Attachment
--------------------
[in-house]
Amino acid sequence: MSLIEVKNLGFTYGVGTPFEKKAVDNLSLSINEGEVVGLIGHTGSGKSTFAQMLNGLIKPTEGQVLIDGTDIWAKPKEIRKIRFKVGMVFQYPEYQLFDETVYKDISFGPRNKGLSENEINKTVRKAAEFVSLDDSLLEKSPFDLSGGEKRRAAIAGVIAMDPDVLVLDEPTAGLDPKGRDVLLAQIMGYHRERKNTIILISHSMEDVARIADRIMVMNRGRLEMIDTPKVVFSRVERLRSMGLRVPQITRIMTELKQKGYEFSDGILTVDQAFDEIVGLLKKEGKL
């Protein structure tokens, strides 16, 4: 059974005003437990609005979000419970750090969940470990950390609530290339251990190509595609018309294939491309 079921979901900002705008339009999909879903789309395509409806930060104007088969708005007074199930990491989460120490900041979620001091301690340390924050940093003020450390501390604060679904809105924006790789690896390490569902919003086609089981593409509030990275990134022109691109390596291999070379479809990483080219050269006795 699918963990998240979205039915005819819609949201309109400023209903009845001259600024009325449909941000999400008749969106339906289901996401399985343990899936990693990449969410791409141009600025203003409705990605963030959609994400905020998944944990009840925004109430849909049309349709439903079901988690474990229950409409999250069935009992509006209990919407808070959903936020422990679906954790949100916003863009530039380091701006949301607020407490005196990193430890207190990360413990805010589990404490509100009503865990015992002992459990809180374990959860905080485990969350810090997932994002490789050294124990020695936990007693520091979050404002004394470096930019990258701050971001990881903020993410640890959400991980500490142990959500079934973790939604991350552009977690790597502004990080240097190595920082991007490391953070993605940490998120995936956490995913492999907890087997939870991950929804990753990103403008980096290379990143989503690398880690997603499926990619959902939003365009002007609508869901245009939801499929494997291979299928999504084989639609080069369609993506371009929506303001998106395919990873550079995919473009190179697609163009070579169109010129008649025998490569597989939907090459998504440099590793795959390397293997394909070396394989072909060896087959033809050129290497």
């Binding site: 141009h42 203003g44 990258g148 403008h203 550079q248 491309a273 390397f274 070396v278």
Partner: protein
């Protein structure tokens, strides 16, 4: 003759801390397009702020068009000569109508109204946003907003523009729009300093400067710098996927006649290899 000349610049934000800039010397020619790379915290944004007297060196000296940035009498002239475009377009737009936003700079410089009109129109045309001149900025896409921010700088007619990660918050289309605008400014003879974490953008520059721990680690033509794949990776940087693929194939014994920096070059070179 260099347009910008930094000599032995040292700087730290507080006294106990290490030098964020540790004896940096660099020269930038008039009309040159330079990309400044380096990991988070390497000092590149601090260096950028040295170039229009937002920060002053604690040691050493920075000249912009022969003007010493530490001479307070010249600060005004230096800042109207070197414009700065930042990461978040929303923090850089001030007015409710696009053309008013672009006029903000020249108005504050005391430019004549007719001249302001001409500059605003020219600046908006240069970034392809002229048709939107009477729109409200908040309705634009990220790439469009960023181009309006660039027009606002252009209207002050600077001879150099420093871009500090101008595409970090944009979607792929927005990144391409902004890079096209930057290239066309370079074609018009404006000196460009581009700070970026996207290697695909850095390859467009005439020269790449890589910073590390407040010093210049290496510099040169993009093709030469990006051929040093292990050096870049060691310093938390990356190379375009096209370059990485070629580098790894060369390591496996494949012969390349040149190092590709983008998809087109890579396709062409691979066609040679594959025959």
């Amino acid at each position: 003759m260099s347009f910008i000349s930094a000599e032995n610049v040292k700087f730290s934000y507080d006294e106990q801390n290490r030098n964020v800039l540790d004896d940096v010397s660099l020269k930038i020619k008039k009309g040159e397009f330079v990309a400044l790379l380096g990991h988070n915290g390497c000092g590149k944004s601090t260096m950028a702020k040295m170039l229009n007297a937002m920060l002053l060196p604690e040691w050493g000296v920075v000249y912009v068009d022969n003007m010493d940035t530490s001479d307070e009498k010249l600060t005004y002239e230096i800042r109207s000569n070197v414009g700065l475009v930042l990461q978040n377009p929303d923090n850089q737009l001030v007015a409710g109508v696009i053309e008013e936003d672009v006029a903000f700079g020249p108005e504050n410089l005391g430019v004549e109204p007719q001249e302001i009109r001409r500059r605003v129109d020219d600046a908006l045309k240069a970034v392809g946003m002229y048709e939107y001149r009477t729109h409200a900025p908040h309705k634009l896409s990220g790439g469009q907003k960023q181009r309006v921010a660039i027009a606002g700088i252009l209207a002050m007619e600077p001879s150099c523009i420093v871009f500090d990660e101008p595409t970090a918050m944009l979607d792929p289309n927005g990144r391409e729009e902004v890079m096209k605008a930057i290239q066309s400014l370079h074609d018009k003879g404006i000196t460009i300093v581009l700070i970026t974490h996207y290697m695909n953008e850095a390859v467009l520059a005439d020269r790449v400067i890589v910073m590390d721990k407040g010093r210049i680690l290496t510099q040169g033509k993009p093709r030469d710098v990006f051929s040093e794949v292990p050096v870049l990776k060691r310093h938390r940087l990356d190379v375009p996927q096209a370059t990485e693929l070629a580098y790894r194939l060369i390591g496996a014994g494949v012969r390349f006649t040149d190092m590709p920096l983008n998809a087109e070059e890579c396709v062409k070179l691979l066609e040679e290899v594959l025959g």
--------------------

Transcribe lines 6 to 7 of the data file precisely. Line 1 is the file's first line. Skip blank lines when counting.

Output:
């Protein structure tokens, strides 16, 4: 003759801390397009702020068009000569109508109204946003907003523009729009300093400067710098996927006649290899 000349610049934000800039010397020619790379915290944004007297060196000296940035009498002239475009377009737009936003700079410089009109129109045309001149900025896409921010700088007619990660918050289309605008400014003879974490953008520059721990680690033509794949990776940087693929194939014994920096070059070179 260099347009910008930094000599032995040292700087730290507080006294106990290490030098964020540790004896940096660099020269930038008039009309040159330079990309400044380096990991988070390497000092590149601090260096950028040295170039229009937002920060002053604690040691050493920075000249912009022969003007010493530490001479307070010249600060005004230096800042109207070197414009700065930042990461978040929303923090850089001030007015409710696009053309008013672009006029903000020249108005504050005391430019004549007719001249302001001409500059605003020219600046908006240069970034392809002229048709939107009477729109409200908040309705634009990220790439469009960023181009309006660039027009606002252009209207002050600077001879150099420093871009500090101008595409970090944009979607792929927005990144391409902004890079096209930057290239066309370079074609018009404006000196460009581009700070970026996207290697695909850095390859467009005439020269790449890589910073590390407040010093210049290496510099040169993009093709030469990006051929040093292990050096870049060691310093938390990356190379375009096209370059990485070629580098790894060369390591496996494949012969390349040149190092590709983008998809087109890579396709062409691979066609040679594959025959």
């Amino acid at each position: 003759m260099s347009f910008i000349s930094a000599e032995n610049v040292k700087f730290s934000y507080d006294e106990q801390n290490r030098n964020v800039l540790d004896d940096v010397s660099l020269k930038i020619k008039k009309g040159e397009f330079v990309a400044l790379l380096g990991h988070n915290g390497c000092g590149k944004s601090t260096m950028a702020k040295m170039l229009n007297a937002m920060l002053l060196p604690e040691w050493g000296v920075v000249y912009v068009d022969n003007m010493d940035t530490s001479d307070e009498k010249l600060t005004y002239e230096i800042r109207s000569n070197v414009g700065l475009v930042l990461q978040n377009p929303d923090n850089q737009l001030v007015a409710g109508v696009i053309e008013e936003d672009v006029a903000f700079g020249p108005e504050n410089l005391g430019v004549e109204p007719q001249e302001i009109r001409r500059r605003v129109d020219d600046a908006l045309k240069a970034v392809g946003m002229y048709e939107y001149r009477t729109h409200a900025p908040h309705k634009l896409s990220g790439g469009q907003k960023q181009r309006v921010a660039i027009a606002g700088i252009l209207a002050m007619e600077p001879s150099c523009i420093v871009f500090d990660e101008p595409t970090a918050m944009l979607d792929p289309n927005g990144r391409e729009e902004v890079m096209k605008a930057i290239q066309s400014l370079h074609d018009k003879g404006i000196t460009i300093v581009l700070i970026t974490h996207y290697m695909n953008e850095a390859v467009l520059a005439d020269r790449v400067i890589v910073m590390d721990k407040g010093r210049i680690l290496t510099q040169g033509k993009p093709r030469d710098v990006f051929s040093e794949v292990p050096v870049l990776k060691r310093h938390r940087l990356d190379v375009p996927q096209a370059t990485e693929l070629a580098y790894r194939l060369i390591g496996a014994g494949v012969r390349f006649t040149d190092m590709p920096l983008n998809a087109e070059e890579c396709v062409k070179l691979l066609e040679e290899v594959l025959g």